This summer, ASEE participated in an Indo-U.S. collaborative for
Engineering Education, which took a group of U.S. engineering education
leaders—including ASEE President Jim Melsa—to India.
We were hosted by Infosys on its Mysore campus and met with the
then president of India and a number of engineering, science, government
and corporate leaders in New Delhi. In Bangalore, we glimpsed firsthand
some of the country’s remarkable successes but also some struggles.
India’s swift ascent, fueled by its warp-speed high-technology
growth, has splashed the country into the U.S. media, including
the New York Times, the Wall Street Journal and Time magazine. Thus,
this month’s Prism cover story, “Heave
Ho,” offers a timely and thoughtful look at India’s
challenge to prepare enough well-qualified engineers to match its
21st-century ambitions. India’s educational system for engineers
is outdated; it can’t pay good instructors close to what they
can earn in private industry. New institutions attempt to fill the
void, with industry support, but the question remains: Are these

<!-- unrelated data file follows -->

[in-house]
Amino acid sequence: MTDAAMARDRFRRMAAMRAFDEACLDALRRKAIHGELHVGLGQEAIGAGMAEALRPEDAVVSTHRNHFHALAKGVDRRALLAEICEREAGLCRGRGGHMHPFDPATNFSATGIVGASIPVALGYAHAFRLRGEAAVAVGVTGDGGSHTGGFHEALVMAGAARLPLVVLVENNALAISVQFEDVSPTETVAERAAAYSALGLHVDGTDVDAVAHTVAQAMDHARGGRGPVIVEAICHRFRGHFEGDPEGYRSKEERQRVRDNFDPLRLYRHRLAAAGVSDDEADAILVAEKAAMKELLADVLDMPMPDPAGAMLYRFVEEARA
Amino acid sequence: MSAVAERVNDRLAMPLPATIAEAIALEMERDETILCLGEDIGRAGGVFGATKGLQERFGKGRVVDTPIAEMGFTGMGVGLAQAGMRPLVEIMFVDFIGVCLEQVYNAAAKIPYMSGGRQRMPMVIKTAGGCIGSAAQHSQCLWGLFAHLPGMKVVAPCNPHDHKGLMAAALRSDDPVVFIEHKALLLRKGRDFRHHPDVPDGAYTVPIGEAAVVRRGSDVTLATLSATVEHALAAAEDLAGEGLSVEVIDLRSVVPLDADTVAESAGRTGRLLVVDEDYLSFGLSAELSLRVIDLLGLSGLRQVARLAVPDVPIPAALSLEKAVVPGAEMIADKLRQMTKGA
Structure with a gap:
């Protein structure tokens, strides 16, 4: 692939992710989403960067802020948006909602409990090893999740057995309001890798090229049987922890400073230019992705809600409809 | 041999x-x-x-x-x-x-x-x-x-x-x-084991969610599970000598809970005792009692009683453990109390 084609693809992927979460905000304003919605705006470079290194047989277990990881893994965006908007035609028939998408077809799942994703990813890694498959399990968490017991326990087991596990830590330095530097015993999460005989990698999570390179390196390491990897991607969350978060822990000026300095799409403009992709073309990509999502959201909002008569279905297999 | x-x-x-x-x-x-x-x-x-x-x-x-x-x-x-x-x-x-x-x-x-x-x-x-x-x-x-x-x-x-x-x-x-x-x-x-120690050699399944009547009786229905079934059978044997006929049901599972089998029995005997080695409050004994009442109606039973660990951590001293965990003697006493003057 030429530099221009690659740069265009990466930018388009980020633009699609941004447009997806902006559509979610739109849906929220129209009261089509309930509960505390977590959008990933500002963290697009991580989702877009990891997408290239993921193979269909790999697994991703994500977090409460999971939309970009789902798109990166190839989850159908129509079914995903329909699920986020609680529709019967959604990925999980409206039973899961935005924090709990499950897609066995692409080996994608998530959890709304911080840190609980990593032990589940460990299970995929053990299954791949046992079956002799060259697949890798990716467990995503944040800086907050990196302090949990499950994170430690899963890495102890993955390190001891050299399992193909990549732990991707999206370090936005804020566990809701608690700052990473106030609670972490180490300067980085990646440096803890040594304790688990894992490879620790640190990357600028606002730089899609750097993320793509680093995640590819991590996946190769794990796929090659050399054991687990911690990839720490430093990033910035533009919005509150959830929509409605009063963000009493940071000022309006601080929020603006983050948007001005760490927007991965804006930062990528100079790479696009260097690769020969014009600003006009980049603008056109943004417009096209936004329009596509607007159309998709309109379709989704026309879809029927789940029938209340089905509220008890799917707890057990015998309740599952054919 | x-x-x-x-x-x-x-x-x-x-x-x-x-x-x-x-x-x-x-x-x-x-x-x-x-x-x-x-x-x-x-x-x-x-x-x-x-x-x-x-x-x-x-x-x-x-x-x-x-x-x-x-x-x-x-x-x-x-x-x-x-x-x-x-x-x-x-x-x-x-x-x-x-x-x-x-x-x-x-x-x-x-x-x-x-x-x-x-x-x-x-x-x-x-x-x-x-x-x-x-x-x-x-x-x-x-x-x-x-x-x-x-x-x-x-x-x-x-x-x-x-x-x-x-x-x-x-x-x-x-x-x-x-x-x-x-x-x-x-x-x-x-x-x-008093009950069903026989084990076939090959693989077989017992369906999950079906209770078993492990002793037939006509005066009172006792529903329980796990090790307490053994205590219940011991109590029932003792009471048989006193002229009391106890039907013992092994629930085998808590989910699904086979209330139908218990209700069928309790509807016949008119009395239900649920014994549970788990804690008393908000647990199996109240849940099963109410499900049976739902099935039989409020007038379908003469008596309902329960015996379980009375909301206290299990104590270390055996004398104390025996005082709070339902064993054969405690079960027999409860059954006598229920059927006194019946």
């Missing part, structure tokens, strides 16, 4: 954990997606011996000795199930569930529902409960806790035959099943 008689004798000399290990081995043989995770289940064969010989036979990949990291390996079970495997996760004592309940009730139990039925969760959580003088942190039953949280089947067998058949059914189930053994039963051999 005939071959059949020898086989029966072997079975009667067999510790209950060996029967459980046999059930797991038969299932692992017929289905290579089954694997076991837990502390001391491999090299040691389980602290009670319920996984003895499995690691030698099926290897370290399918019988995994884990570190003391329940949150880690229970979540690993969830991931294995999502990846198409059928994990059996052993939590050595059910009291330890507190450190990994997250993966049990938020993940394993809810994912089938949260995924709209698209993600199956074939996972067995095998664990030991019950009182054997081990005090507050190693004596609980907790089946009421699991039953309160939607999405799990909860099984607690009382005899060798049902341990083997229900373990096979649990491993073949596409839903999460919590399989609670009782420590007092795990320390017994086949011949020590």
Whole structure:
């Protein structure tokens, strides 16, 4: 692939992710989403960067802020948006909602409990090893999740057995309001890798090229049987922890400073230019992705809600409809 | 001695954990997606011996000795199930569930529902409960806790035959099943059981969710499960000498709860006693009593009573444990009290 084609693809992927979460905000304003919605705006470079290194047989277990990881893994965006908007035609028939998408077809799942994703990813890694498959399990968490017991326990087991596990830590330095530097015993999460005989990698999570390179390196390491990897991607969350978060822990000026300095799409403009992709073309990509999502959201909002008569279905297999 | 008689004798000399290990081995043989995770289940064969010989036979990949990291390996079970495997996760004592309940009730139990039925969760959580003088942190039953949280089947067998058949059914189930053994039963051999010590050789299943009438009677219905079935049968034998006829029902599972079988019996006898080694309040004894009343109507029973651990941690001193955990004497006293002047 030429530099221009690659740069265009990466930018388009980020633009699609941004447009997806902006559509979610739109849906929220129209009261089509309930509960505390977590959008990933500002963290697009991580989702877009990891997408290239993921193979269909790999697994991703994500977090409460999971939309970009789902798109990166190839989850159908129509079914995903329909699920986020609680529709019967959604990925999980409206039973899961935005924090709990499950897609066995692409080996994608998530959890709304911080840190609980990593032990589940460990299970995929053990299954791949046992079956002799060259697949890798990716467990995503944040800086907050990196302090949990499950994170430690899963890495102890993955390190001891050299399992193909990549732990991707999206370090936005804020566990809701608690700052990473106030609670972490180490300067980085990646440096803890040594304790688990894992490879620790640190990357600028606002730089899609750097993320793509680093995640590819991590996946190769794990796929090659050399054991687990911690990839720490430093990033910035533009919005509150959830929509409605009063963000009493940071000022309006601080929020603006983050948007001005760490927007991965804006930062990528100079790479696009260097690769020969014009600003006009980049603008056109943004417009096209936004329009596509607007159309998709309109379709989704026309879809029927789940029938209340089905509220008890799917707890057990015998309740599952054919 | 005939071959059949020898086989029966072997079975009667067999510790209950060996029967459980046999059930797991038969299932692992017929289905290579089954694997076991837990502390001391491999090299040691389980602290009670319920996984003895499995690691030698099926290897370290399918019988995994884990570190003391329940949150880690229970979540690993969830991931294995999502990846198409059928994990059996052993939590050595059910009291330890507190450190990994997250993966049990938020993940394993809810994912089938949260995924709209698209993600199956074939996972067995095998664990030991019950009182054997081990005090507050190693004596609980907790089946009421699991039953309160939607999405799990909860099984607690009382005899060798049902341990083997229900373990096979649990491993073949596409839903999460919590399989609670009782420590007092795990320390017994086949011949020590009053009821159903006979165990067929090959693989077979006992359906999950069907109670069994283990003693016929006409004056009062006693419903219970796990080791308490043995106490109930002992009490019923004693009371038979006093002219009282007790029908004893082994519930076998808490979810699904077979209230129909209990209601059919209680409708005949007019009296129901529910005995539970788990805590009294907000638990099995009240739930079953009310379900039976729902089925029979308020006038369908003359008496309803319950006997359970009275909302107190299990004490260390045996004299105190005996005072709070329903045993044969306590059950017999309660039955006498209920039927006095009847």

It isn’t only in India where good professors are lured away
by private industry. In “Educator
for the Real World,” a profile of Jim Melsa, we learn
that Tellabs Inc. recruited Melsa from Notre Dame, where he was
comfortably working as department chair. A decade later, however,
Melsa would return to academia as Iowa State’s dean of engineering,
bringing industry experience and seeking to change the way engineering
In an innovative effort, Penn State Behrend is placing engineering
and business students under one roof to get each group to learn
from the other, acquiring the skills that will make both more attractive
to industry—and more successful. Penn State Behrend’s
$30 million Research and Economic Development Center was two decades
in the making, and it has produced something of a culture clash.
But while Chancellor Jack Burke admits “it’s
a work in progress,” the school can’t train students
fast enough for employers who are snapping up the business-savvy
engineering grads at hefty starting salaries.
For your enjoyment, Engineering, Go For It! has been included with this issue
of Prism. This is the third edition of our very popular ASEE K-12
publication. Over 300,000 copies of this latest edition have been
distributed, and a total of more than 1 million copies of all editions
are in circulation.
As always, I would welcome hearing your comments and suggestions.
Frank L. Huband
Executive Director and Publisher